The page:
Repurpose wine crates into mounted wall shelves that hold essential wine accessories like corkscrews, aerators, bottle stoppers, and even books about wine. Since the crates are made out of wood, they’re capable of holding heavy items. To start, remove any sharp, protruding staples from your crates, then sand down the edges until they are smooth to the touch. Either mount the crate as-is, or stain the wood slightly, ensuring that the winery logo is still visible. Next, secure iron wall-mount brackets to one side of the crate (decide whether you want to mount the crate horizontally or vertically). Buy brackets that measure about two-thirds of the crate’s depth for stability. Attach the brackets and crate to your wall, then add wine accessories to your new shelf.  

In a cellar, wall space is precious. Every inch of wall you use is one less inch of space for bottles. If you’re tight on wall space, make a rolling wine crate cart instead. Start by sanding down the rough edges of your crates, then attach metal casters sand wheels to the bottom four corners of the crate. The casters can be low if you want to roll your wine crate under an existing piece of furniture in your cellar, like an island, or you can attach wheels with longer legs for a bar cart-like piece of furniture. If you don’t need to roll your wine crate, consider attaching hairpin legs to the crate to create a taller bin or table.

Decorate Your Walls

repurpose wine crates

Photo Credit: Wikipedia CC user Jamain

You can repurpose wine crates into storage units, but at a certain point, you’re going to run out of items that you need to store (or space to put the storage furniture). If you still have leftover wine crates, consider using them to decorate your cellar. Since corks absorb aromas from the air, most wine cellars have to be painted with wine-safe paint, and you have to avoid strong-smelling wooden floors or furniture. The benefit of having at least one wall made out of wine crates is that the crates are already safe for your bottles. You can use crates to decorate your cellar without worrying whether the scents of the wood will penetrate your wine.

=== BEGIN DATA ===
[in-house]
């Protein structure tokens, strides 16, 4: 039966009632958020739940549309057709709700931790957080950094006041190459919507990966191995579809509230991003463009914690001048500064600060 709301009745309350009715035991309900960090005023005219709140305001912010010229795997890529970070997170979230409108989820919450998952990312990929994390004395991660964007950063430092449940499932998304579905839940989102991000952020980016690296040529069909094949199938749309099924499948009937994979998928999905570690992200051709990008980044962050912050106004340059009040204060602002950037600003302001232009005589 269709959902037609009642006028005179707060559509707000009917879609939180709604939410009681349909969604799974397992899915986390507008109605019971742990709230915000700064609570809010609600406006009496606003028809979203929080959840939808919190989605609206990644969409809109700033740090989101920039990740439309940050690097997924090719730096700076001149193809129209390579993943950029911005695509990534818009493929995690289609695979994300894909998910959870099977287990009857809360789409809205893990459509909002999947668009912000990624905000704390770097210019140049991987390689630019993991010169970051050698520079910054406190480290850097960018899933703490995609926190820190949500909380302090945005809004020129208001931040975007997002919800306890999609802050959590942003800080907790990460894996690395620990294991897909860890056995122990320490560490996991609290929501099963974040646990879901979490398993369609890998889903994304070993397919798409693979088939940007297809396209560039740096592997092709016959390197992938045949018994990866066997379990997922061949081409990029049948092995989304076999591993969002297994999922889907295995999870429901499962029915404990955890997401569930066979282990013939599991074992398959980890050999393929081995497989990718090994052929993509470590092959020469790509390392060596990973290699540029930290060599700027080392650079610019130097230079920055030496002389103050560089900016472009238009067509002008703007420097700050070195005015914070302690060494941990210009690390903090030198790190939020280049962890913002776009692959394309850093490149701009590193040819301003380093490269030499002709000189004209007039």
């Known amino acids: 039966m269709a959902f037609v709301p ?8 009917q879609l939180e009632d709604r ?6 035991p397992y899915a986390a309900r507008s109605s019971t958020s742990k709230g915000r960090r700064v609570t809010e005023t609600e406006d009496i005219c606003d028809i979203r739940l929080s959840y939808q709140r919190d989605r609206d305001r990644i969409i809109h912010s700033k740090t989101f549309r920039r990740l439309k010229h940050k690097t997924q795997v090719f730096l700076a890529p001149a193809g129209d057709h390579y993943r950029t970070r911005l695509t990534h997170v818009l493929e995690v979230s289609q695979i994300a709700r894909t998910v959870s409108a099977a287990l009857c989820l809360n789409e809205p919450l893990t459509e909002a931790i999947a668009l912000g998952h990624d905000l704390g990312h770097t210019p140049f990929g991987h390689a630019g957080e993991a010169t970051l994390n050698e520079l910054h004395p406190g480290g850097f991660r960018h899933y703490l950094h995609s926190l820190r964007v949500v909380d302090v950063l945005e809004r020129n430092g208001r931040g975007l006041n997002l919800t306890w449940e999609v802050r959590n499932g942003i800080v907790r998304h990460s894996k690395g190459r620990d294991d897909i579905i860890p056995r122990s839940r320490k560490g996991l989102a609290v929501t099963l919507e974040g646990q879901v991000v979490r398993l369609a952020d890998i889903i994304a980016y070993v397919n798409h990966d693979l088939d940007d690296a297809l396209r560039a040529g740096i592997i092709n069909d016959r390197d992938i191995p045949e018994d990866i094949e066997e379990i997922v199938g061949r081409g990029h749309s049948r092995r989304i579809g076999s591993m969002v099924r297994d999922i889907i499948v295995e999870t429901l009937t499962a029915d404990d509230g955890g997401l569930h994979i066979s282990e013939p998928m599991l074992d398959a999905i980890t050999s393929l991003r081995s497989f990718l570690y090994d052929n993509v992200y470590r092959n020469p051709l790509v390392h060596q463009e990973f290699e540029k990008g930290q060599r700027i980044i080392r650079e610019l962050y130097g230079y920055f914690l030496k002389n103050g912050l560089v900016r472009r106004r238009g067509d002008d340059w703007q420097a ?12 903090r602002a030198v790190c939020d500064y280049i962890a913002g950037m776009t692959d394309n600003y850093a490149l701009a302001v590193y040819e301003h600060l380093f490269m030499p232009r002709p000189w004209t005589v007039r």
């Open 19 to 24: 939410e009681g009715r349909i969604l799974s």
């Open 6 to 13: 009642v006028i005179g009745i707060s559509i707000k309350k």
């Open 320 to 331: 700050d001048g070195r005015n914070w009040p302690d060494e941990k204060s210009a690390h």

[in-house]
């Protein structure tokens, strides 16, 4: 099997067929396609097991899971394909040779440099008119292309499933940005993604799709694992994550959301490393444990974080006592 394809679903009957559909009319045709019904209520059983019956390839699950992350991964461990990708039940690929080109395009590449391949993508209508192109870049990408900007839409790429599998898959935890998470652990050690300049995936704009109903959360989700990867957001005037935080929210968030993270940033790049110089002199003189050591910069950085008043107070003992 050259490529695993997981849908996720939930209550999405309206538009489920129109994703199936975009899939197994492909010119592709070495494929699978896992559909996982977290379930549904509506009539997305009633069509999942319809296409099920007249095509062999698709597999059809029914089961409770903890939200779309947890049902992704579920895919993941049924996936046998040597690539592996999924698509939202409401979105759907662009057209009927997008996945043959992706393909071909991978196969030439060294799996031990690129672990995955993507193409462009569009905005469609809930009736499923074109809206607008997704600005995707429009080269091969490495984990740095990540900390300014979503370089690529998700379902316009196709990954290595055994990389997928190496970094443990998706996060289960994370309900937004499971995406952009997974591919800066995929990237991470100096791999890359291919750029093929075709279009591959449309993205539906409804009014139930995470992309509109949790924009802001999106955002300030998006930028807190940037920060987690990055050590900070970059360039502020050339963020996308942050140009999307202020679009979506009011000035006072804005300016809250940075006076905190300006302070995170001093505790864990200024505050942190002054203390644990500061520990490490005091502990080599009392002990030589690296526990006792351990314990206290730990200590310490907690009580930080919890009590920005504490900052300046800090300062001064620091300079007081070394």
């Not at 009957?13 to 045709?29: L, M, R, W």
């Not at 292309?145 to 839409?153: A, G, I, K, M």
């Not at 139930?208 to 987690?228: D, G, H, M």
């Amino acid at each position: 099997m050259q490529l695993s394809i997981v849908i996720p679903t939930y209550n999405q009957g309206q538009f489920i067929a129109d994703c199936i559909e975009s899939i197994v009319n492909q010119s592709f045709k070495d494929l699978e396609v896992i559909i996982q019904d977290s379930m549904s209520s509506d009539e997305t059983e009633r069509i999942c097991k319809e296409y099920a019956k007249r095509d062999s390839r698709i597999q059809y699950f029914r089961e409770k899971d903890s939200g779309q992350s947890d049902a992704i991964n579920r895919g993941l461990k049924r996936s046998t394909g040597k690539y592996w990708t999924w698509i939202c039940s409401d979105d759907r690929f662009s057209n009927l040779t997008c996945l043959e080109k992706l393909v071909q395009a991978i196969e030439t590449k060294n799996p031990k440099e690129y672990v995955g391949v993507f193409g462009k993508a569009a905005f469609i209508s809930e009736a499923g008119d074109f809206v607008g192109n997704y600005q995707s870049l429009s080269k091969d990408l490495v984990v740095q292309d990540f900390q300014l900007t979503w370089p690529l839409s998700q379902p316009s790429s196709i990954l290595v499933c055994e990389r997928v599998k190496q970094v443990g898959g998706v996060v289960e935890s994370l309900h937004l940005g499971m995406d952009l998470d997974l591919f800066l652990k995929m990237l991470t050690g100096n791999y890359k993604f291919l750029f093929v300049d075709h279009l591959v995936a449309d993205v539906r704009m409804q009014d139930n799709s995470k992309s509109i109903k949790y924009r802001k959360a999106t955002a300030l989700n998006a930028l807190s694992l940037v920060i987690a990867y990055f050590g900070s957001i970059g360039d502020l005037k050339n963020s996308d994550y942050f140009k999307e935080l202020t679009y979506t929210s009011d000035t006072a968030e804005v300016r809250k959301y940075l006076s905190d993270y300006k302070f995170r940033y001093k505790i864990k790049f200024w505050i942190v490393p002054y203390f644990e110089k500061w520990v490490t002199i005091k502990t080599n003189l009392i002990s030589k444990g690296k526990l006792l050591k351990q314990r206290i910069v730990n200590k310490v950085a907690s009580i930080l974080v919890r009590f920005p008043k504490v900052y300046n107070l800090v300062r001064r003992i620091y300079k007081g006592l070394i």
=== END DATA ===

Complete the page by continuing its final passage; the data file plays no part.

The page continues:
DIY Instructions

For solid walls that already have firm backing, you can simply remove the front panel from the wine crate (the side featuring the logo), and install it against the wall using a drill and nails. For more stability, consider hiring a carpenter to mount frames against the wall first, then install the thin crate panels against those newly-constructed frames. I recommend hiring a cellar contractor before you construct your crate mural, since contractors will know how to seal your new wall properly and ensure that you’re not affecting your cellar’s ability to maintain its temperature and humidity settings. The goal is to have a wall mural that shows off your proudest bottle purchases while keeping your bottles safe and sound.

Whether you are starting your high-end wine collection or adding to an established portfolio, Vinfolio is your partner in buying, selling, and professional storage. Contact us today to get access to the world’s best wine.

Ryan has worked in every restaurant capacity from bartender to management, and in wine distribution as a consultant and advisor to Chicago’s most elite restaurants and retailers. As a new member of Vinfolio’s Executive Fine Wine Specialists, he is thrilled to share his expertise and passion for wine. Outside of the office, he can be found learning to cultivate vines in the garden, with a glass of White Burgundy in hand, or hiking with his wife and dogs.